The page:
The 64th edition of the Senior Bowl will be played on Saturday, Jan. 26 at 4:00 PM EST. The game will be broadcast from Ladd Peebles Stadium in Mobile, Alabama on the NFL Network.
The Senior Bowl is an opportunity for scouts from every team in the league to eyeball talent for the upcoming draft. In the past, most of the very best collegiate football players signed up for the game.
The NFL Combine, scheduled for Feb. 20-26 in Indianapolis, is now the top showcase for first-round draft choices. The rosters for the Senior Bowl are primarily composed of players who will be selected in the later rounds.
Brian Gardner, Director of Pro Personnel for the Houston Texans, will likely have a large contingent of his staff in Mobile. The Texans have a history of trading down on draft day. They could receive at least three late picks as compensation for the loss of Mario Williams, Mike Briesel and Joel Dreessen to free agency.
The 13-5 team that stumbled to a 2-4 finish ended the season with a variety of holes to fill. Most of the fan base is screaming for fleet-footed wide receiver.
Texans’ owner Bob McNair has heard them and concurs. In a Houston Chronicle interview from January 19th he stated, “We need another playmaker (at receiver). We want more speed at receiver.”
What McNair did not mention in the article was how the Houston defense was responsible for their gradual collapse over the last eight games. A weakened pass rush allowed mediocre quarterbacks such as Chad Henne and Jake Locker to throw for more than 300 yards.
The Bulls on Parade turned in their worst effort of the season against Christian Ponder. The Minnesota Vikings QB led his team to an inexplicable 23-6 defeat of the Texans that sunk their chances for the top seed in the AFC playoffs.
Most of the receivers in Mobile do not possess first-round potential, and the same goes for the defensive linemen. There is depth in the second round and beyond for these positions and the other areas that require attention.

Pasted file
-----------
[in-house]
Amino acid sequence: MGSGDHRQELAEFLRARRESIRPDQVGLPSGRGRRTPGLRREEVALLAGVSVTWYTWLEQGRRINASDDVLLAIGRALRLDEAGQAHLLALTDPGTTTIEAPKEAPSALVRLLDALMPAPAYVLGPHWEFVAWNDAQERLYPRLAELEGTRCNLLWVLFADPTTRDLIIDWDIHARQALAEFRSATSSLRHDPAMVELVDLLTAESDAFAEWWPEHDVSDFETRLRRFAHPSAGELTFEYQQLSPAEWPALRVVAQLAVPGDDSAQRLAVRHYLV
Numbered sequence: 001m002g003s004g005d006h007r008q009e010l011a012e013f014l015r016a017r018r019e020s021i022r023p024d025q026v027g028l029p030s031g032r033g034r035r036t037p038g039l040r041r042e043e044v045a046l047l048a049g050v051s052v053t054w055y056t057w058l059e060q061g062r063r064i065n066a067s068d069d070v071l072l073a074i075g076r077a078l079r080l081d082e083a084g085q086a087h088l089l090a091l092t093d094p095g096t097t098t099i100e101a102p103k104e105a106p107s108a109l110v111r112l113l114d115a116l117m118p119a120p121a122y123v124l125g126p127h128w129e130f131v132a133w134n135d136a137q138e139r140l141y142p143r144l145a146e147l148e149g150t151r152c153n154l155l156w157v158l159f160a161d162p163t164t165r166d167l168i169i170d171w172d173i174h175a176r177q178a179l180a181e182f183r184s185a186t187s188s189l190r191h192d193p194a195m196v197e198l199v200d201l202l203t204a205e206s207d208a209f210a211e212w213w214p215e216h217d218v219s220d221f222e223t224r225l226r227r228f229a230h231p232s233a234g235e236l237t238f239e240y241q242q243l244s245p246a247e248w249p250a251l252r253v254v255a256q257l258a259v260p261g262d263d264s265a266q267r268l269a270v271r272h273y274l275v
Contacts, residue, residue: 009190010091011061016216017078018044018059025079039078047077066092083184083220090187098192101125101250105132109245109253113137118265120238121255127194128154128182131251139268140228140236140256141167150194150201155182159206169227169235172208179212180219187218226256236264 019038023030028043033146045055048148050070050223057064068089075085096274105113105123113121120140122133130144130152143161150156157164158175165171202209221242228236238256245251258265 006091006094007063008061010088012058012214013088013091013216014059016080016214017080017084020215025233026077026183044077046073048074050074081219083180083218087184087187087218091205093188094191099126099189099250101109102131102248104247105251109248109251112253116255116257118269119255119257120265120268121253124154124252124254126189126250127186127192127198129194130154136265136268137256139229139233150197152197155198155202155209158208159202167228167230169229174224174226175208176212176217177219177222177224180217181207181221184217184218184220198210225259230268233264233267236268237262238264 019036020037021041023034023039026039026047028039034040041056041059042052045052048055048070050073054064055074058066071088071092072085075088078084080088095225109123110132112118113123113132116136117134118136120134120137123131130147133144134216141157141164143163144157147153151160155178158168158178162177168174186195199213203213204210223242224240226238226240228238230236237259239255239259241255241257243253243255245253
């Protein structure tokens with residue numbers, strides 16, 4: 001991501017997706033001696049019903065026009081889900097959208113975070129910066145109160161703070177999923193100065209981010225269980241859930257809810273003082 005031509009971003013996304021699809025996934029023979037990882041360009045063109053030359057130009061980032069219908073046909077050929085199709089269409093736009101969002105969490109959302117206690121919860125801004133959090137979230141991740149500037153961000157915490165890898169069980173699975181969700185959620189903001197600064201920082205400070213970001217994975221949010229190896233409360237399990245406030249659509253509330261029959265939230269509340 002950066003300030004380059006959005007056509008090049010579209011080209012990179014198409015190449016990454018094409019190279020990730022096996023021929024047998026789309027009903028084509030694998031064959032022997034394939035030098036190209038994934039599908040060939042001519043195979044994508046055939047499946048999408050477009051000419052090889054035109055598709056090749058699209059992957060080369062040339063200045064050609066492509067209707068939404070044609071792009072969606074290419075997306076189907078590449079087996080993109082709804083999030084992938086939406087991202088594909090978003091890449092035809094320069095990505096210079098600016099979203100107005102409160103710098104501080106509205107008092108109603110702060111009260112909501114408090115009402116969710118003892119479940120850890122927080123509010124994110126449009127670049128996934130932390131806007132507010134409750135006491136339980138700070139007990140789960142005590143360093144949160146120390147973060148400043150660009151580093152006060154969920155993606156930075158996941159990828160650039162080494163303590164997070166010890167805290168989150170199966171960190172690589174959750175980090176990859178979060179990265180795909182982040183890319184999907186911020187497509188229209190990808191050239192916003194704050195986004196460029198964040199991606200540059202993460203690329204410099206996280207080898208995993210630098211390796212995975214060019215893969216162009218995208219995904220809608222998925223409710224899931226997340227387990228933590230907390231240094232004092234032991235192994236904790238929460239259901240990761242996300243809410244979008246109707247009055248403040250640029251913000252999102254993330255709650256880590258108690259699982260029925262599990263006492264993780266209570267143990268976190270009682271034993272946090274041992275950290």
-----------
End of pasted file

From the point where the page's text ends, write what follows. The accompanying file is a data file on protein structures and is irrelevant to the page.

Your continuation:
Houston also has needs at ILB, DB, QB, and RT. Let us have a look at the top three Senior Bow prospects for each of these groups. The fourth player listed should be considered as a possible "sleeper."
The man who signs the checks made it clear his team needs more speed on the outside. The Texans ask for more than just speed and good hands from their wideouts.
They want them to block well enough to seal off the edge on off-tackle plays. It helps to have the size to chip an outside linebacker out in space.
The incumbent No. 2 receiver, Kevin Walter, has made a fine living doing that over his tenure in Houston. Now they want a home-run hitter who can still handle some of the dirty work in the running game.
|Quinton Patton||Louisiana Tech||6'2"||195||4.52||83.8|
Williams led the country in receiving yardage even without Robert Griffin III there to get him the ball. He did not take many routes over the middle and was just asked to go long and catch the ball.
Patton has all the qualities necessary except track-star speed. Hamilton rang up some great stats during his senior year for the tenth-ranked passing offense. Both impressed in some early workouts in Mobile.
Robinson is making the switch from read-option quarterback to pass catcher in the NFL. As a QB at Michigan, he did show elusiveness with the ball in his hands. Is he willing to knock down cornerbacks to clear the way for Arian Foster?
According to Yahoo! Sports' Doug Farrar, things may not be working out as planned:
New on Shutdown Corner -- Senior Bowl Report: So far, the Denard Robinson experiment is a major work in progress sports.yahoo.com/blogs/nfl-shut…— SC_DougFarrar (@SC_DougFarrar) January 25, 2013
Playing the nose for the Texans is a thankless job. Your task is to tie up a couple of blockers while the defensive ends and outside linebackers swoop in and get all the glory.
The problem was that both Shaun Cody and Earl Mitchell were not drawing double teams. J.J. Watt was getting all the attention while a single lineman handled Houston’s defensive tackles.